We see it time and time again. The warning signs are all there: social separation, erratic behavior, veiled or overt threats, and more. These warning signs are indicators that an individual may be on “the pathway to violence,” a trend of behavioral changes that often foretell a future act of aggression. 

While the signs aren’t always obvious, the pathway to violence usually presents itself in ways that should alert observers. Among others, here are some behavioral “red flags” to look out for:

  • Extreme Emotions ‒ Depressive or withdrawn tendencies, intense anger or hostility, disconnected or robotic mannerisms, and bullying, harassment, or other confrontational actions.
  • Changes to Typical Conduct ‒ Extroverts may become more introverted, detached, or remote. Introverts may become extroverted, boisterous, or aggressive.
  • Threats or Intimidation ‒ Alone, any threat is worth reporting. Frequent threats and actions or words designed to intimidate could foreshadow a violent incident.
  • Blame – Placing responsibility for problems on others.
  • Increased Use of Alcohol or Drugs ‒ Potentially violent individuals are already challenged by emotions and stress. Alcohol and drug use can make this worse.

So often these signs end up getting excused, ignored, or explained away—a response some psychologists refer to as “optimism bias.” This cognitive distortion causes individuals to believe they are less likely to experience a negative event. However, shrugging off these indicators is precisely what individuals and organizations should not do when faced with this behavior. 

 Employees should always be cognizant of the adage “if you see something, say something,” paying attention to surroundings and coworker behavior, and staying alert for anomalies. If a colleague’s actions seem unusual like the indicators listed above, they may need assistance. That should always be the first goal, to help people that may be experiencing undue stress. Report concerns to your supervisor, HR department, or notify security if you believe there’s a serious threat. But make certain not to accuse the offender to their face – this may agitate them.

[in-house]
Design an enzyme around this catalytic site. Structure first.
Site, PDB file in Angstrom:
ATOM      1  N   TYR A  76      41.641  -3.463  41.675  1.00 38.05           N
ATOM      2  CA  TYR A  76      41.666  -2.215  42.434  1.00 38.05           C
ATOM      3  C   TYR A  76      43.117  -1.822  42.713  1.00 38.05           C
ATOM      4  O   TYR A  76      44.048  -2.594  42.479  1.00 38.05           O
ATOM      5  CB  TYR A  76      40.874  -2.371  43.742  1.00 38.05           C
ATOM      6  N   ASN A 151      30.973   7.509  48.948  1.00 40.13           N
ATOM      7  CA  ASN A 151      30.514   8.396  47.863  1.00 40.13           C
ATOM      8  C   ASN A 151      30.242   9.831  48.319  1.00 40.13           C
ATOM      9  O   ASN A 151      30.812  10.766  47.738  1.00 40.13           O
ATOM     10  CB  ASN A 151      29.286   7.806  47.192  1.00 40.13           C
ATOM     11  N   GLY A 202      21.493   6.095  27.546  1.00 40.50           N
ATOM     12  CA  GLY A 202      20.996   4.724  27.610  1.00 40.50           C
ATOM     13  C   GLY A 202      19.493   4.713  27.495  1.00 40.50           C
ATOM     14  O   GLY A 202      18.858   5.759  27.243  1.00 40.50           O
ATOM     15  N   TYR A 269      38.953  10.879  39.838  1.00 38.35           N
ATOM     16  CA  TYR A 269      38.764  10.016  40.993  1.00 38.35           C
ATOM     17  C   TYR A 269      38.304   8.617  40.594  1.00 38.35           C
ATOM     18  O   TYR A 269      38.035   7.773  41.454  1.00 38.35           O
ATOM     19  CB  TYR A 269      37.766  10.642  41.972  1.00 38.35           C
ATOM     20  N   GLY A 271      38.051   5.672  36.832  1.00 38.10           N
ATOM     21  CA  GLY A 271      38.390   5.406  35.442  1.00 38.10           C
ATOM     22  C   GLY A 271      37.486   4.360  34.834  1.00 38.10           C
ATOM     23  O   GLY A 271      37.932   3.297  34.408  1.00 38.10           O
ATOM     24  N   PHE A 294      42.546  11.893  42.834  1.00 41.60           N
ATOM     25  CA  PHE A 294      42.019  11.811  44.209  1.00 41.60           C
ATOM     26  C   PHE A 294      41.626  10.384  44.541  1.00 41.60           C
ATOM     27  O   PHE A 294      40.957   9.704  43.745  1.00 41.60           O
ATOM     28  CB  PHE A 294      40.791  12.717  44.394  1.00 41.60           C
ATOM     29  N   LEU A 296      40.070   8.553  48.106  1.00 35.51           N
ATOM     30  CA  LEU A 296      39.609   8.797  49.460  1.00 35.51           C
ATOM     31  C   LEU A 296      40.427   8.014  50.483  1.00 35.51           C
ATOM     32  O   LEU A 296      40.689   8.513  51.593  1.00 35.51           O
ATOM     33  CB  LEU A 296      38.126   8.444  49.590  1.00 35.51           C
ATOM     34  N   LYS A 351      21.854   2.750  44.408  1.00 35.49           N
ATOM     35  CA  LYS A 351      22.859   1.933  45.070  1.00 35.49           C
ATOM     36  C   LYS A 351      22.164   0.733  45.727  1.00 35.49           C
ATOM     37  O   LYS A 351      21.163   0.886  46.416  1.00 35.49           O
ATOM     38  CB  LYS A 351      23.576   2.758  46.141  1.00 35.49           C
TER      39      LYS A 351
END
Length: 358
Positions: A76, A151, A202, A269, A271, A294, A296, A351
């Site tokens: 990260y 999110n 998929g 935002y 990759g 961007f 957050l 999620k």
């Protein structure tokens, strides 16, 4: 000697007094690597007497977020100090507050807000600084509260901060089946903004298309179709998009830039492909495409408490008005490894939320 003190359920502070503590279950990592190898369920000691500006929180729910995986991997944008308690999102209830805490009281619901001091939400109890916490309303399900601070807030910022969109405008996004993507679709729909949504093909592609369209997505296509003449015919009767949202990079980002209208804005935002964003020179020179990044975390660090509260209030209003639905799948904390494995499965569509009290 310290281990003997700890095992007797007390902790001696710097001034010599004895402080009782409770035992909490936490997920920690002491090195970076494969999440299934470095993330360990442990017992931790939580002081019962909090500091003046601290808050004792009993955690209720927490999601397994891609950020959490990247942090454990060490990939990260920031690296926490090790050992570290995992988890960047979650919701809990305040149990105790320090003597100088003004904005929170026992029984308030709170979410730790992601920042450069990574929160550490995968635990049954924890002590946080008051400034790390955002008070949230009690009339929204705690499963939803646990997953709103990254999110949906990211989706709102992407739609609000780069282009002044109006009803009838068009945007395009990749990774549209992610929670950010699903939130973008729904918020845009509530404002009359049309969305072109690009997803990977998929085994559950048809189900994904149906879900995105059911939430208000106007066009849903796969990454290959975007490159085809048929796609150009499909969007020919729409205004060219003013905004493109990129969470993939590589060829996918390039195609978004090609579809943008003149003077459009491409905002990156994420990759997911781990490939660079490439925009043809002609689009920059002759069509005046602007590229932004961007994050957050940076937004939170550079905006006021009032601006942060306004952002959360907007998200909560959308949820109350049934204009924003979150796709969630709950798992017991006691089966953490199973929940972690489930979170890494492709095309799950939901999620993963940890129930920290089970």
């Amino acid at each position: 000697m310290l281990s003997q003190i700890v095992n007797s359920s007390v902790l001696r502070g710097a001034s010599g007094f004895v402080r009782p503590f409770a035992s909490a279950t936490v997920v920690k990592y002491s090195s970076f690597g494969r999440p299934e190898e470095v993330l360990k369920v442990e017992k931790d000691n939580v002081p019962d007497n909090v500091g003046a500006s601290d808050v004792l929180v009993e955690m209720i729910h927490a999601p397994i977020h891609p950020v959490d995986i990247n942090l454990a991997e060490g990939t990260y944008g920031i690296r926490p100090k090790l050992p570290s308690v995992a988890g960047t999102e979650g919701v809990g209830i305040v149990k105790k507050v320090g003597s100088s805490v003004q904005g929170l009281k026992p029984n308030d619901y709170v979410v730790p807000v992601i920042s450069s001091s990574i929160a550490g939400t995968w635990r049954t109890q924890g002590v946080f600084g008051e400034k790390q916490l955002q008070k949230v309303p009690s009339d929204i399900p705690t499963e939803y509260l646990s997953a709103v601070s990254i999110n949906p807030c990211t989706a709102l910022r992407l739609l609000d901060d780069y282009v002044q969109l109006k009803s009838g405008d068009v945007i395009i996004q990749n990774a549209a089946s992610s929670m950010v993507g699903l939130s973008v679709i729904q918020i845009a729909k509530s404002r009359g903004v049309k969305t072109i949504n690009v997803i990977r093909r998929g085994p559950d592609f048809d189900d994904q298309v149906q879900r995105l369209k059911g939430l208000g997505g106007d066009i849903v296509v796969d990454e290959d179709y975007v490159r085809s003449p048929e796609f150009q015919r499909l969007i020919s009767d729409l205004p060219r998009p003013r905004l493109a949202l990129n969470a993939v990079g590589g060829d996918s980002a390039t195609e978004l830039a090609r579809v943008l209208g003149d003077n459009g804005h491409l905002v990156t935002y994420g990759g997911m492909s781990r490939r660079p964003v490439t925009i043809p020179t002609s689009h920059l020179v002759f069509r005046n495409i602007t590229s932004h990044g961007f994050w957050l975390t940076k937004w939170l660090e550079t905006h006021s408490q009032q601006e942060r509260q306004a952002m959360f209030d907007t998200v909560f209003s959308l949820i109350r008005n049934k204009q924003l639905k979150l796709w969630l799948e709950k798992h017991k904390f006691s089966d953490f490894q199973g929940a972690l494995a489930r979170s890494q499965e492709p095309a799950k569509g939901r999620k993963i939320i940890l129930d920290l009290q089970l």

The Responsibility of Management

 To help facilitate these processes, it’s recommended that companies allow employees to report concerns anonymously. And it’s equally important that when concerns or complaints are brought to the attention of management they are taken seriously and responded to promptly. 

 According to a police report last year in Abington, Massachusetts, management at a supermarket waited more than five hours to notify police that a frustrated employee threatened to get a gun and “kill everyone.” The reason for their delay? Corporate policy. Yes, training employees is extremely important, but having the plans, policies, and procedures in place to act quickly when serious threats arise is also critical.

 Another example is the case of the November 2022 Walmart shooting in Chesapeake, Virginia, in which former employee Andre Bing claimed the lives of six coworkers and injured four others. Now one survivor is suing the chain for $50 million, alleging her complaints about the shooter were ignored. The UPI reported that “according to [the survivor’s] lawsuit…Walmart acknowledged the complaint but continued to employ Bing as a shift leader, despite warning signs from several employees.” 

 The Washington Post’s coverage of the incident shows these warnings included:

  • Threats against both management and coworkers;
  • Personal insults directed at employees;
  • The revelation of a “kill list” detailing his intent to target specific colleagues; and
  • Jokingly asking coworkers if they had received active shooter training.

Even with the pleas of staff members who feared for their safety and a record of previous disciplinary action, Bing was still allowed to continue working as overnight supervisor. Again, assuming these reports are accurate, Walmart’s dismissal of these behaviors and threats may have led to multiple deaths. 

Active shooter events like these rarely happen without “red flag” warning signs. As an extension of situational awareness, threats and other abnormal behaviors should always be noted, reported, and acted upon as part of a sound preparedness plan. Moreover, these signals shouldn’t be diminished because of feelings or personal agendas, but instead should be handled with the vigilance necessary to prevent potential bloodshed. 

With expertise including Run-Hide-Fight, situational awareness, active shooter training, conflict avoidance and verbal de-escalation, The Power of Preparedness provides critical guidance that can save lives. Contact us to learn more.